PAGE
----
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Who wins when the politically potent AIG bonus issue takes on the U.S. Constitution? I hate to report that things aren’t looking good for the Constitution.
Yesterday Congress passed a bill to tax AIG bonuses into oblivion. Sounds great, right? It turns out the legislation is probably unconstitutional (look up “bill of attainder”).
Instead of taking a steady, measured approach to these outrageous AIG millionaire bonuses, Congress did the very thing that got us into this mess in the first place: rushing into questionable legislation in a panic. Anyone else remember the TARP? Or maybe the “dead of night” stimulus package that authorized the AIG bonuses?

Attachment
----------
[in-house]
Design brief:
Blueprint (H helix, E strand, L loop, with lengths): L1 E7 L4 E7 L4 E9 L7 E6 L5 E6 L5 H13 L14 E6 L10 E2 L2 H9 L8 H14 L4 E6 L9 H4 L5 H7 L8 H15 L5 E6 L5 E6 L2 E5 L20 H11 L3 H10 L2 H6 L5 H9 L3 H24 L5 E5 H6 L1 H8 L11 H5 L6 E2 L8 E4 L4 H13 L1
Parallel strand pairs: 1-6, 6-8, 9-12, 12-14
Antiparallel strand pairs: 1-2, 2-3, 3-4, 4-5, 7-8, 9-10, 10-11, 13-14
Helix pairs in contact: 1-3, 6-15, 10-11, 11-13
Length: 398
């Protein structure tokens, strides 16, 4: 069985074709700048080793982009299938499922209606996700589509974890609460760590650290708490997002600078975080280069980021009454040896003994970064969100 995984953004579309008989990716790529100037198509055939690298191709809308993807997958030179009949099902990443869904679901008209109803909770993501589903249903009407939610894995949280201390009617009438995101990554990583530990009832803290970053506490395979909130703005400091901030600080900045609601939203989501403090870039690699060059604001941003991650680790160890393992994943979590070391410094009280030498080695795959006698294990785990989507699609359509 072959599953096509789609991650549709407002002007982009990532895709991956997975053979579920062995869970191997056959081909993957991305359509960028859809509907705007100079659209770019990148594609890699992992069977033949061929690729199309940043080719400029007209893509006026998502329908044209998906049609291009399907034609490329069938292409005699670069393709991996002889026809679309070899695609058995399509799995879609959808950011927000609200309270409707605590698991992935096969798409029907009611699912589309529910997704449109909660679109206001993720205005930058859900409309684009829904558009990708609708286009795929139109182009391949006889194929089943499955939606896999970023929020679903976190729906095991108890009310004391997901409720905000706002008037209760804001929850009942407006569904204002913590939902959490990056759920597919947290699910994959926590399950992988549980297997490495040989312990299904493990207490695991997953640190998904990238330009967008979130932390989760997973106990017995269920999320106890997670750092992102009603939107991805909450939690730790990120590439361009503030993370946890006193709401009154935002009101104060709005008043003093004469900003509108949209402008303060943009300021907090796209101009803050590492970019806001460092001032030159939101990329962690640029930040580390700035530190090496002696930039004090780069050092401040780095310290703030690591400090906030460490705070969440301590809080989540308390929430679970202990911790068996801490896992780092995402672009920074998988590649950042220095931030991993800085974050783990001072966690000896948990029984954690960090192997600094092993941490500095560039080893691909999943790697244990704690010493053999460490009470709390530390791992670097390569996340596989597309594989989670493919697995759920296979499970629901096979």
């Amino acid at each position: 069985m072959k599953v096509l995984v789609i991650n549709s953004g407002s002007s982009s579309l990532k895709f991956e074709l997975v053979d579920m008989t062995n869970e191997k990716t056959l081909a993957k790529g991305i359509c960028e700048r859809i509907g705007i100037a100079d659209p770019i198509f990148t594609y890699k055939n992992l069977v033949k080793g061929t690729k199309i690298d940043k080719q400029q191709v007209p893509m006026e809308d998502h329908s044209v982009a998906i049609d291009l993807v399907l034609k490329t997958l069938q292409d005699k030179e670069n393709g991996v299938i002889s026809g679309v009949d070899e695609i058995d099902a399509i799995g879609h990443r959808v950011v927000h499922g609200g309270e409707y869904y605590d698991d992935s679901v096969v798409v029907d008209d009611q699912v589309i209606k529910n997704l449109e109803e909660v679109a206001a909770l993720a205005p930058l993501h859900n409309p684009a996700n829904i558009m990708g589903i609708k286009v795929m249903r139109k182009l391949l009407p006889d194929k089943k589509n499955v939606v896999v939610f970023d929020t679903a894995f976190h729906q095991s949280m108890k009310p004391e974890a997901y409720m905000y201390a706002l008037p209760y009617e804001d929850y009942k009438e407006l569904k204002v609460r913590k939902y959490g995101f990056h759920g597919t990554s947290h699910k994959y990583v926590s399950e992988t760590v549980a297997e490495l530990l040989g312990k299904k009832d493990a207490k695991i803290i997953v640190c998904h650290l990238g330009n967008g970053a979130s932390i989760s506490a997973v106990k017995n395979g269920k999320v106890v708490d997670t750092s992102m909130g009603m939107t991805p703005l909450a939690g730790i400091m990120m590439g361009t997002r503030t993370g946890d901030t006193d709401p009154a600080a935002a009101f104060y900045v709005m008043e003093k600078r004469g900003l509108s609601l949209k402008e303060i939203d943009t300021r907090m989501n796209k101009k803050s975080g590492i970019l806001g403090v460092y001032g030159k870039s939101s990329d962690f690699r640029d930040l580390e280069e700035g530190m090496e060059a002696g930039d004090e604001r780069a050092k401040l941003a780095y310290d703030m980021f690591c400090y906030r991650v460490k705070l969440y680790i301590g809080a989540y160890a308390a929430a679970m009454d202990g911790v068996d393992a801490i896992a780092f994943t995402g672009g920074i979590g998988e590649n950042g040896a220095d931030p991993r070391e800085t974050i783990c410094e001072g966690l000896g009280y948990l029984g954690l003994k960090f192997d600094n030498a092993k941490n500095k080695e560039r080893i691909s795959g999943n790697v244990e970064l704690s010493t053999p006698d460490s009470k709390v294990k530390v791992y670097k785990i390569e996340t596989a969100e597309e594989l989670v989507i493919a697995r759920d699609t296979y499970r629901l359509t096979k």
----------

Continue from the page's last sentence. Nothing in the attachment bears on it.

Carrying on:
Congress could have passed something constitutional and more effective. In fact, I’m a co-sponsor of a bill–H.R. 1582, the Executive Bonus Real Act–that claws back every last cent and does it faster than yesterday’s legislation would.
Taxpayers have sunk $170 billion into AIG and we’ve become sidetracked by bonus payments that amount to 1/1000th of that amount. We need a bailout exit strategy, not unconstitutional and politically expedient legislation that may actually make the problem worse.